RealTime IT News

EDS Hunkers Down on IT Costs

As further evidence of the bleak outlook confronting most of the computer services sector, IT outsourcing giant Electronic Data Systems Corp. , hit by a 59-percent drop of its third quarter profit, plans to trim its workforce by up to 5,600 jobs and sell off over $500 million worth of "non-strategic" assets.

The actions were due in part to write-offs on contracts of bankrupt customers such as US Airways and WorldCom as well as a tougher quarter for closing IT contract sales. EDS declared a profit of $86 million (18 cents per share) for the third quarter, down by 59.4 percent compared to the same time last year when its net income came in at $212 million.

The Plano, Texas-based company said it will start the workforce reduction with between 800 and 1,000 positions by year's end.

Dick Brown, chairman and CEO, called the results disappointing:

"EDS is a strong company with exceptional talent and a solid financial base. We are taking the steps necessary to align our business with current market realities and put this company back on a path to greater profitability."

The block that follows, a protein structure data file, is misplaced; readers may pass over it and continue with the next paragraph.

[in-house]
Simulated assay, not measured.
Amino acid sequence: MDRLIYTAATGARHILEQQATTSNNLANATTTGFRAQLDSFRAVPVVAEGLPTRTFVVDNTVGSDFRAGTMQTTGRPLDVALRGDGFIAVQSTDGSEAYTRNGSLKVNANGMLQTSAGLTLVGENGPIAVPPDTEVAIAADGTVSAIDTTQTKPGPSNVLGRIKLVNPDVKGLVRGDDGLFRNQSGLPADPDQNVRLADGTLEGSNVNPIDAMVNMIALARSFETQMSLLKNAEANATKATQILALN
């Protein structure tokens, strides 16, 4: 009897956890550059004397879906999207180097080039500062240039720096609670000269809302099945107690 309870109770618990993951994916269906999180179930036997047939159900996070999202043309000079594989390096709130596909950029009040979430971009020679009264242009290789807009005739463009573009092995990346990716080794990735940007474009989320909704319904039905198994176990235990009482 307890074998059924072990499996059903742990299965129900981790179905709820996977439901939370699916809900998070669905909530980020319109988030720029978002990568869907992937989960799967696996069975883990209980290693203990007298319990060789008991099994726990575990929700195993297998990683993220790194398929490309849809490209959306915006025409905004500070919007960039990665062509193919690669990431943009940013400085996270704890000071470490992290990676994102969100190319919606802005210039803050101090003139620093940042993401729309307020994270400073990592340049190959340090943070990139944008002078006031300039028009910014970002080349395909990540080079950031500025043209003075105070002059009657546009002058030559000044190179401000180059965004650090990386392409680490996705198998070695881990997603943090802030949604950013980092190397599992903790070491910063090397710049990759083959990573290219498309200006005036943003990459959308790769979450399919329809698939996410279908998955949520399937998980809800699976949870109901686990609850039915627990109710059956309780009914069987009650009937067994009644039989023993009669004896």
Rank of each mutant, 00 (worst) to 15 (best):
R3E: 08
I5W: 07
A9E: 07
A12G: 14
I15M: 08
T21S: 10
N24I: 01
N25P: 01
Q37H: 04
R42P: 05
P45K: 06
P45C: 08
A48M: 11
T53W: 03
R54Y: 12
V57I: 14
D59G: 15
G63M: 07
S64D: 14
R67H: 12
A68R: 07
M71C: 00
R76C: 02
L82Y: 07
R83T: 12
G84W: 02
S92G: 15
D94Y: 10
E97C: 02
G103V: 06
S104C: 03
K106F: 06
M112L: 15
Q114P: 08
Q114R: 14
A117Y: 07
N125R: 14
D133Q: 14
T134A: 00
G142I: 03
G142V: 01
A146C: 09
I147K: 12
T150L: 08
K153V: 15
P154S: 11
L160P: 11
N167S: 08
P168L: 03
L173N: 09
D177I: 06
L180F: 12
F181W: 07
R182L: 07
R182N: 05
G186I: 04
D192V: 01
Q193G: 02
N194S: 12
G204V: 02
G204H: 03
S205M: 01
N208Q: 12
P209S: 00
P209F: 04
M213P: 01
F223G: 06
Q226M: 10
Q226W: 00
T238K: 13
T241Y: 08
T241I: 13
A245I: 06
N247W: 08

Although costs kept eating into what the company could keep, its sales generally held up in a difficult selling climate for IT contracts. Third quarter revenue slid by 3 percent to $5.41 billion for the quarter, compared to $5.56 billion during the same time last year.

EDS did stress, however, that the company was able to renegotiate its landmark outsourcing agreement with the U.S. Navy -- a contract which had been seen as a strain on the company's liquidity.

But analysts weren't convinced that the revised Naval contract would have immediate, measurable benefits. "We think the biggest negative from the earnings call was the news of the NMCI contract extension. The latest guidance from management was that the contract was to turn cash flow positive in early calendar year 2003. Now with the extension, cash flow from the contract seems to again be somewhat of a moving target," according to research from Deutsche Bank.

EDS also said it would divest several "non-core, non-strategic assets" in order to raise over $500 million over the next 6-8 months. Other cost-cutting measures would be to slash $75 million from overhead during 2003.

It also said it would shift a minimum of 1,500 applications development and client contact center positions to other offices as a result of overhead reduction and layoffs.

Brown stressed that customer service would not be affected by the cuts and that overall, the company's balance sheet is strong.

"EDS has all the resources it needs from its operations to serve current clients and pursue new business," he said. "However, in this economic climate, we are focusing on new business opportunities, including megadeals, that generate near-term revenue, earnings and cash flow."